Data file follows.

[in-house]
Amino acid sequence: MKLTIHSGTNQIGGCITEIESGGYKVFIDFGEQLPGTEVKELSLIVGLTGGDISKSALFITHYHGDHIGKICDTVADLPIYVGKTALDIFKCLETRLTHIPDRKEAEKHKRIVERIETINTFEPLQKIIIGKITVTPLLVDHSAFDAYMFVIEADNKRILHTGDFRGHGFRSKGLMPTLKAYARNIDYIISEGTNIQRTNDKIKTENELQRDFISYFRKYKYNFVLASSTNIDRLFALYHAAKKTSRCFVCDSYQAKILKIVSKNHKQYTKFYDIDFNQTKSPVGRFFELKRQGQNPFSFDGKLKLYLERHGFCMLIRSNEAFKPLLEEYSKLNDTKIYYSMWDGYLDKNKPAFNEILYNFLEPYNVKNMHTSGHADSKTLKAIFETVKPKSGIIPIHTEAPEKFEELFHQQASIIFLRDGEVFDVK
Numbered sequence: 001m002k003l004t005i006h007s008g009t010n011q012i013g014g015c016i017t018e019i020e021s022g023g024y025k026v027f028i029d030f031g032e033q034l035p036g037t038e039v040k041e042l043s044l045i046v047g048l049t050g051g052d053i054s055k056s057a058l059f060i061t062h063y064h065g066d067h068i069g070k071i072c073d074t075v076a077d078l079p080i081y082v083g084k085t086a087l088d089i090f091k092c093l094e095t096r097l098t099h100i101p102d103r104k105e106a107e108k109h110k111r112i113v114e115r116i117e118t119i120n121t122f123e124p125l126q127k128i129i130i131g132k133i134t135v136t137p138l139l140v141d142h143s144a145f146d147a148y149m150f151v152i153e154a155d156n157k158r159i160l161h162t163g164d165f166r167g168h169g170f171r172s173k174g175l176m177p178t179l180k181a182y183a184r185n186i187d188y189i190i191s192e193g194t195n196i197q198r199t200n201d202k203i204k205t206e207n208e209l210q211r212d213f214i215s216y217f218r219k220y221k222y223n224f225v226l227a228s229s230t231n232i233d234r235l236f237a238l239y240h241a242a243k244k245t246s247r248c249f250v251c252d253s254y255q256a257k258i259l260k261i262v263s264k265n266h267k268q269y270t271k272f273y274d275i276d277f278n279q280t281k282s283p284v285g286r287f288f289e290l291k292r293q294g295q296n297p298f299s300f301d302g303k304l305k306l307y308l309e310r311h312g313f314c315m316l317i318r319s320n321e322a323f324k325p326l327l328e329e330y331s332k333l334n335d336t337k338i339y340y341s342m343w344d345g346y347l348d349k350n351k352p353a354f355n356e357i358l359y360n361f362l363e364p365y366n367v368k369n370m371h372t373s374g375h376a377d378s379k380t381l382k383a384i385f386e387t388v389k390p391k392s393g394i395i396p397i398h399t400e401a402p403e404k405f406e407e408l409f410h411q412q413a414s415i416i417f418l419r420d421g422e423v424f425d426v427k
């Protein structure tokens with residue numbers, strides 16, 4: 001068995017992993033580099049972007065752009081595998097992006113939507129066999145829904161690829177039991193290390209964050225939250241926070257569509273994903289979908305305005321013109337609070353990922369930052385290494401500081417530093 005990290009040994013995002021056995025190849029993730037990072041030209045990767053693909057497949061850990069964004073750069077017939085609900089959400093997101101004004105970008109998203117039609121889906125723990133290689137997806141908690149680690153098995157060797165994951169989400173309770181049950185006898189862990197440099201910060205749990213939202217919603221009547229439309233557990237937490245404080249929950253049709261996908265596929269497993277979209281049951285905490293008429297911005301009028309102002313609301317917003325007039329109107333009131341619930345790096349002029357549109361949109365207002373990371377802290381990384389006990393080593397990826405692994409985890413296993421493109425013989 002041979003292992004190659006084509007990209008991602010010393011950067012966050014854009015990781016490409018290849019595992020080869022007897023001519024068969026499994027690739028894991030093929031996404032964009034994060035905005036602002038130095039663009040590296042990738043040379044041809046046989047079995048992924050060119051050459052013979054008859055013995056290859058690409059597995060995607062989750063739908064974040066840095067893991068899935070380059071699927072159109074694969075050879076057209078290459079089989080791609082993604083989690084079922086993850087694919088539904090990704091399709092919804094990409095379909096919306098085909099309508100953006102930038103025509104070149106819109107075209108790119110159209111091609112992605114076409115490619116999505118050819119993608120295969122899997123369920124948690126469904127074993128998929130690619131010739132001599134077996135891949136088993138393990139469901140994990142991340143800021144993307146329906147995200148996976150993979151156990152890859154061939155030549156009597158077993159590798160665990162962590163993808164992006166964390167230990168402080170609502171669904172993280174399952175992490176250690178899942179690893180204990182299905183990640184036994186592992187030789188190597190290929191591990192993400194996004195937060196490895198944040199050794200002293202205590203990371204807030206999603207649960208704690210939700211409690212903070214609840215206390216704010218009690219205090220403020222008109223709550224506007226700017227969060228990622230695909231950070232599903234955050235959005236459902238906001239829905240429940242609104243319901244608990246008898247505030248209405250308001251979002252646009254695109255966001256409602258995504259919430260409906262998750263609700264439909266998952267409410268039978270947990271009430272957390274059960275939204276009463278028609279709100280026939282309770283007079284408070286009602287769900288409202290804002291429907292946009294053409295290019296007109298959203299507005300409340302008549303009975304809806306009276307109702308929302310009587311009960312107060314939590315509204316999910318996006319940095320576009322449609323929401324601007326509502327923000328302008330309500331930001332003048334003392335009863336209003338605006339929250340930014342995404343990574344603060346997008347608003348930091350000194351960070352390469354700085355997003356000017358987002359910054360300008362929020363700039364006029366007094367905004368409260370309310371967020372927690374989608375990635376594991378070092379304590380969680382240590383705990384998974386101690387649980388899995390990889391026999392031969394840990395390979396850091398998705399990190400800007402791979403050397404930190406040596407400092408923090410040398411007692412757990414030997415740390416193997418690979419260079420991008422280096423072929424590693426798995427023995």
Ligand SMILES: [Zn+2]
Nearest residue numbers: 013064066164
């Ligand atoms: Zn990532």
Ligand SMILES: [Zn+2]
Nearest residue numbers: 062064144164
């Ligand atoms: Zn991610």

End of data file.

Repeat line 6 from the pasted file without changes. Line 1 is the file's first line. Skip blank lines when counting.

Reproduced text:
Nearest residue numbers: 013064066164